I’d thought for a few months of shuttering this blog and selling back my copies of Auster’s books.  Ultimately, I’ve decided to keep writing it.  My reasons for this are, admittedly, feeble (and I can identify with Alyx Vessey’s continued interest in Tilda Swinton’s career).  Reading Auster’s work helps me to better understand my father.  My dad was a sporadic presence in my life, and we had only started coming to an understanding about one another at the time of his death.  My father’s appreciation of Auster reminds me a lot of his love of Bruce Springsteen…both Auster and Springsteen came from similar backgrounds as my dad, and they were able to get out.  Dad wasn’t, but he had respect for these guys because they got out on their own terms and were able to tell the rest of the world what it was like to be working-class sons of second-generation immigrant families. 

 

That his work has a redemptive quality also makes it more accessible for me.  Dad liked a lot of self-destructive writers, in part because he had a self-destructive streak and wanted to see it glorified in others’ work.  Reading Bukowski is upsetting because I’m reminded of how my dad reveled in his negative tendencies.  When I read “The Invention of Solitude” or the first half of Timbuktu, I saw in them my dad and I came to understand how he ended up the way he did. 

 

With that in mind, I have decided to continue reading through Auster’s bibliography.  I have a review pending of The Locked Room, and have started reading In the Country of Lost Things.  This may be hypocritical.  I hope that making this decision for myself doesn’t upset me in the long run. 

Paul Auster, ‘Ghosts’ (1983)

21 Jul

In retrospect, I’m glad I read “Wakefield” before passing my eyes over the pages of Ghosts.  Reading the first few pages of Auster’s novella felt like watching a narrative atom split.  In the first few pages, we learn of a detective, Blue, who must take on a case that involves spying on a mysterious man from an apartment across the way.  We also learn of a man, Gray, who absents himself from his fiancée while suffering from amnesia, and of how his memory continues to fail him.  I could have appreciated this collage of absence and memory without reading “Wakefield”, but knowing Auster’s point of departure has helped me appreciate the opening.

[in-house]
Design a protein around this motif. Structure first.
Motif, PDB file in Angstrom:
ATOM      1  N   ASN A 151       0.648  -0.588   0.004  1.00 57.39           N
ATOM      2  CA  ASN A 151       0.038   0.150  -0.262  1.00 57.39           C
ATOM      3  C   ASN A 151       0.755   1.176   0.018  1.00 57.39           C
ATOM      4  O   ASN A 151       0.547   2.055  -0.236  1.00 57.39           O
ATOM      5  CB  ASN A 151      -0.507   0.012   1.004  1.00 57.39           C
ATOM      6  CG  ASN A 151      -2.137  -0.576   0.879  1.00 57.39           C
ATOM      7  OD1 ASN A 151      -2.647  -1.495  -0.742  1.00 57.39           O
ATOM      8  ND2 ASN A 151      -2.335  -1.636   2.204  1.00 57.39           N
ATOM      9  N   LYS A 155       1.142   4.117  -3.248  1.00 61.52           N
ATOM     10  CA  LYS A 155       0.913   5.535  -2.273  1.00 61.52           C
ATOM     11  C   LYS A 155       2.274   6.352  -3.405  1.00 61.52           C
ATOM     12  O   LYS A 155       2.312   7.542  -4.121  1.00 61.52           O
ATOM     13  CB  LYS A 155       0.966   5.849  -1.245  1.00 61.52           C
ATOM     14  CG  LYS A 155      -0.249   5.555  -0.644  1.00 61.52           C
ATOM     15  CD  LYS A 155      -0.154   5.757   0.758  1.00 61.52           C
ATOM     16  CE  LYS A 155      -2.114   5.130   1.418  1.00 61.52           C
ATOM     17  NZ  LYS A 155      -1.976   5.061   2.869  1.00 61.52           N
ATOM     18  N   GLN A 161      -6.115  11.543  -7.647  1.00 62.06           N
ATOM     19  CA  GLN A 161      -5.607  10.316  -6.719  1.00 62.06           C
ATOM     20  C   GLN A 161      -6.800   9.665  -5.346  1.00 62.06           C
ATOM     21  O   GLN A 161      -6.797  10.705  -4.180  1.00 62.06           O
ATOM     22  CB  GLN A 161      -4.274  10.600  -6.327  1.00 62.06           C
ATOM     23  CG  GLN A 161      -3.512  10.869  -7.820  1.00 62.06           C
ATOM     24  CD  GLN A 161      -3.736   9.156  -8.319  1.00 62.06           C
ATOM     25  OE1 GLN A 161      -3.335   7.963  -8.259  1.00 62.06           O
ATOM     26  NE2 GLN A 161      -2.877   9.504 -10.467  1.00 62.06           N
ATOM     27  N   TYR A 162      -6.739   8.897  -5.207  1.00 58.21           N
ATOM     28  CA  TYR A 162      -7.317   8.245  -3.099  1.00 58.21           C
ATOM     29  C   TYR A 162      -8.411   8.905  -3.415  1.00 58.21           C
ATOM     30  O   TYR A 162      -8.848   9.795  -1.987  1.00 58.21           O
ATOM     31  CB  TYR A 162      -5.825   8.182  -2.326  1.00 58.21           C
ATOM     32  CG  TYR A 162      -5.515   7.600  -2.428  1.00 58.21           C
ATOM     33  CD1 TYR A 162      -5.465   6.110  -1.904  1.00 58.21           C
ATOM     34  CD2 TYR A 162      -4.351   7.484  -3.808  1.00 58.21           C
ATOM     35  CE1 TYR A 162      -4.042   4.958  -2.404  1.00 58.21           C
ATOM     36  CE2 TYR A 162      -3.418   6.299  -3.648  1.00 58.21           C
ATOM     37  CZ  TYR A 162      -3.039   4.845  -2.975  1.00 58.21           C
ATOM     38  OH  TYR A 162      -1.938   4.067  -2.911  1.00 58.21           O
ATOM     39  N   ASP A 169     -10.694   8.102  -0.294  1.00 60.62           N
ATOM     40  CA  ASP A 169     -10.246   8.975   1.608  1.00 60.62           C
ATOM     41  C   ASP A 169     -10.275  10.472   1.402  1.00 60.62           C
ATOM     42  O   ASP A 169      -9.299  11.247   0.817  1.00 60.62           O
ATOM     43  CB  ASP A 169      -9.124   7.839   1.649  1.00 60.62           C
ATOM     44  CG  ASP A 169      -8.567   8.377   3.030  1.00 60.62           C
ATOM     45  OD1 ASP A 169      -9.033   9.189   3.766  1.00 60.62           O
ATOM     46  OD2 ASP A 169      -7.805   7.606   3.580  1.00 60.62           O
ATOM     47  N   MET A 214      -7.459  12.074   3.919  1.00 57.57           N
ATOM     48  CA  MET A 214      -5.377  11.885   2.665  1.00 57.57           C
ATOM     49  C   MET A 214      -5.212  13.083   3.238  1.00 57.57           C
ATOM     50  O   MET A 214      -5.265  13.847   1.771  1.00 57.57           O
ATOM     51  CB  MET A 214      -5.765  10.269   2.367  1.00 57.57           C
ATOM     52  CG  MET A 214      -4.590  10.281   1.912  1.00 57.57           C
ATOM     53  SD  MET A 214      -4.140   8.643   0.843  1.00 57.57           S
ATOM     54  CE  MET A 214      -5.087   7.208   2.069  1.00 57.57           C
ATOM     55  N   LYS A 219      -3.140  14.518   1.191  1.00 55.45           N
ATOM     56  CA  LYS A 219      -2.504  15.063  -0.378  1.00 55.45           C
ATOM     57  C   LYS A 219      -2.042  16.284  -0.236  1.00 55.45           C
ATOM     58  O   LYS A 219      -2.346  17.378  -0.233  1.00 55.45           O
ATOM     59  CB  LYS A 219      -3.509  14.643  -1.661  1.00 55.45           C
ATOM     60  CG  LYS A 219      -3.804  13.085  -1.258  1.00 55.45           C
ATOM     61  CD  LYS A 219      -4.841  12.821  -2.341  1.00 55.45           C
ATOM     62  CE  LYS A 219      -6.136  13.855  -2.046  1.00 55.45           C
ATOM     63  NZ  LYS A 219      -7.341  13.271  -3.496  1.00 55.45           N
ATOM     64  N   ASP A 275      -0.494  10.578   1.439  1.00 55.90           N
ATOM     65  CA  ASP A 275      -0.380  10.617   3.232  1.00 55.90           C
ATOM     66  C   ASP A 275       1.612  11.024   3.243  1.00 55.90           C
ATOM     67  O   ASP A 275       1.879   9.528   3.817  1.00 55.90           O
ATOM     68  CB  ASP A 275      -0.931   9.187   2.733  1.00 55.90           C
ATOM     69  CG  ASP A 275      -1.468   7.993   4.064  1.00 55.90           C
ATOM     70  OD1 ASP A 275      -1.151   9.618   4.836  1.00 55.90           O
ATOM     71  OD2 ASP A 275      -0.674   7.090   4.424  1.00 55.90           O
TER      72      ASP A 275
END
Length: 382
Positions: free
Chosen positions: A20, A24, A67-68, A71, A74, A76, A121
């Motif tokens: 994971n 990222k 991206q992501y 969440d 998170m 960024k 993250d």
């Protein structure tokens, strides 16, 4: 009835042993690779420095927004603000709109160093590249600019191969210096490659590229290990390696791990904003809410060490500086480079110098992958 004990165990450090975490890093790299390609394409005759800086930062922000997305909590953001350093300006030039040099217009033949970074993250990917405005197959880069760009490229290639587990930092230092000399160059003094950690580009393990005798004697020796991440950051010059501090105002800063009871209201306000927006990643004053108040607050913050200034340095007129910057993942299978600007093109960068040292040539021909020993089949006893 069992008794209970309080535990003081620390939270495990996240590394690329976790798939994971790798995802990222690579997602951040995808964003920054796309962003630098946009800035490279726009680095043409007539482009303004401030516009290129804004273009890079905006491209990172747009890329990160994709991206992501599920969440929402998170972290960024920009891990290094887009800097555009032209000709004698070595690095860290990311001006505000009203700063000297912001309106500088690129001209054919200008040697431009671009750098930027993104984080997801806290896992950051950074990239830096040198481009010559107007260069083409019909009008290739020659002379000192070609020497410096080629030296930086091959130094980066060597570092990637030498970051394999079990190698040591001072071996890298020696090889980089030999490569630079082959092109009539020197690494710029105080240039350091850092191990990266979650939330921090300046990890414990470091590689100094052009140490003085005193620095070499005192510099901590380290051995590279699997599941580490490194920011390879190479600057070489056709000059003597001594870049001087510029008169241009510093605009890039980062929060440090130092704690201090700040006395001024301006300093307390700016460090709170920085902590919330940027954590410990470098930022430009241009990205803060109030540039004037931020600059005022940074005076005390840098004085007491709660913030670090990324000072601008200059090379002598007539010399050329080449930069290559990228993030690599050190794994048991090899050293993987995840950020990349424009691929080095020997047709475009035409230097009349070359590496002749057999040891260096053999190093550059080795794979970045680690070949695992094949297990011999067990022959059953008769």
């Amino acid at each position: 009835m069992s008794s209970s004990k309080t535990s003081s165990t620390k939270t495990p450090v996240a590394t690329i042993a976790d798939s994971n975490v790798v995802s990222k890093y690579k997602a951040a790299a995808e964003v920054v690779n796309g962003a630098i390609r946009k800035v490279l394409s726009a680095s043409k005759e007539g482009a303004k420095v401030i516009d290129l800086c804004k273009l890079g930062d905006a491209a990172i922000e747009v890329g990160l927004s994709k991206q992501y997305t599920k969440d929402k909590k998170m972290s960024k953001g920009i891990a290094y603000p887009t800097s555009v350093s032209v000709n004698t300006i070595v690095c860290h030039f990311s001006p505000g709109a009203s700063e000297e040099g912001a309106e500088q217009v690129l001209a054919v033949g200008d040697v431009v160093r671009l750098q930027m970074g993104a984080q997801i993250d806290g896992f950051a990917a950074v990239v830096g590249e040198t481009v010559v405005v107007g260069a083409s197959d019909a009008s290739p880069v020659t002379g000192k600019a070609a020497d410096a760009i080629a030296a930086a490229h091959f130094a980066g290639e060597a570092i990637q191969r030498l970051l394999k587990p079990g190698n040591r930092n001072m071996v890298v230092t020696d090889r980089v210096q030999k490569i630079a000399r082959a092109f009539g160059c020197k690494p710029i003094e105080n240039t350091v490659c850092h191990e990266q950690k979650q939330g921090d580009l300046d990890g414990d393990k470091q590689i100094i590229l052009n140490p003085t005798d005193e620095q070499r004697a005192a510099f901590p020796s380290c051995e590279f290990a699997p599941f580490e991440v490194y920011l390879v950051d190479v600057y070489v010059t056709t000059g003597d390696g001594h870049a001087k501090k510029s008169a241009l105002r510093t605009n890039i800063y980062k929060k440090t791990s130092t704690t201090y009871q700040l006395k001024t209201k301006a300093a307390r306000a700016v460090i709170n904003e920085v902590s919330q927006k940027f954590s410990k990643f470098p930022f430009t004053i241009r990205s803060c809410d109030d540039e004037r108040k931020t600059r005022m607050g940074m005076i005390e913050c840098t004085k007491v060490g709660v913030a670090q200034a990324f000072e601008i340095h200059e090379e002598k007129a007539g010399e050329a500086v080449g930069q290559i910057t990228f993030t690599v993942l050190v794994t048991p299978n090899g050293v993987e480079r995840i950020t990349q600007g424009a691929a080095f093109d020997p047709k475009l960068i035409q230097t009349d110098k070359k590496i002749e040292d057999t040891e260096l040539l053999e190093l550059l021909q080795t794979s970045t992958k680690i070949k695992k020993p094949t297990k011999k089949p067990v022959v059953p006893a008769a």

A theme of literary pastiche runs through Ghosts.  Blue, the character with whom we experience the story, reads Walden, and the theme of a solitary, ascetic lifestyle reverberates through the story.  When Blue’s path finally crosses with Black, the man he’s been paid to watch, the pair sit on a curb in Brooklyn and discuss the eventual fate of <a href=http://www.laphamsquarterly.org/deja_vu/2012/06/brain-pickers.php>Walt Whitman’s brain</a>.  Even in parts of the story that don’t directly address other works of literature, my mind went back to the stories that had inspired Auster.  For example, a scene in which Blue runs into his fiancée on the street after he leaves her company recalled Wakefield’s speculation about what would happen if he revealed himself to his wife.

I was also impressed with how Auster creates a very specific place and time in Ghosts.  As opposed to the “any place/any time” (prior to the internet, at least) in City of Glass, Ghosts takes place in New York in 1947.  He describes the streets and apartments and the cultural goings-on of the day in a manner that evokes the city in the post-war era.  While others may find the references to baseball games skimmable, reading about the racial strife in the major leagues or Blue’s identification with Robert Mitchum (for example) helped put me in the right frame of mind for the era.

Like City of Glass, Ghosts has an open ending.  One aspect of the story has been resolved (or at least explained), but Blue’s fate remains unknown.  Unlike City of Glass, this not-knowing has a strangely adventurous quality.  In spite of all the misadventure Blue experiences in the span of 90 pages, you don’t despair for him at the novel’s close.

“Wakefield”, Nathaniel Hawthorne

16 Jul

I’ve been tripping myself up overthinking how to write about Nathaniel Hawthorne’s “Wakefield”.  Auster has cited Hawthorne’s short stories, this one in particular, as an influence on Ghosts, the second book in the New York Trilogy.  Because of how important Hawthorne was to Auster’s development as a writer, I saw it as my responsibility to read his short stories “Wakefield” and “Fanshawe” before I started Ghosts and The Locked Room, respectively.  Unlike “William Wilson”, these Hawthorne stories seem to have a level of renown among scholars that writing even a cursory blog entry seemed like a task of no small intimidation.

 

“Wakefield” traces the experience of a man who departs his wife’s company for twenty years.  He takes up residence in an apartment within visible distance of his old home, dresses in a ragged disguise, and watches his wife from his bedroom window during the time he has absented himself from her.  He even passes her on the street, and she almost seems to recognize him.  Long after she has assumed he is dead, sold his belongings, and taken up the life of a widow, he returns to his homestead.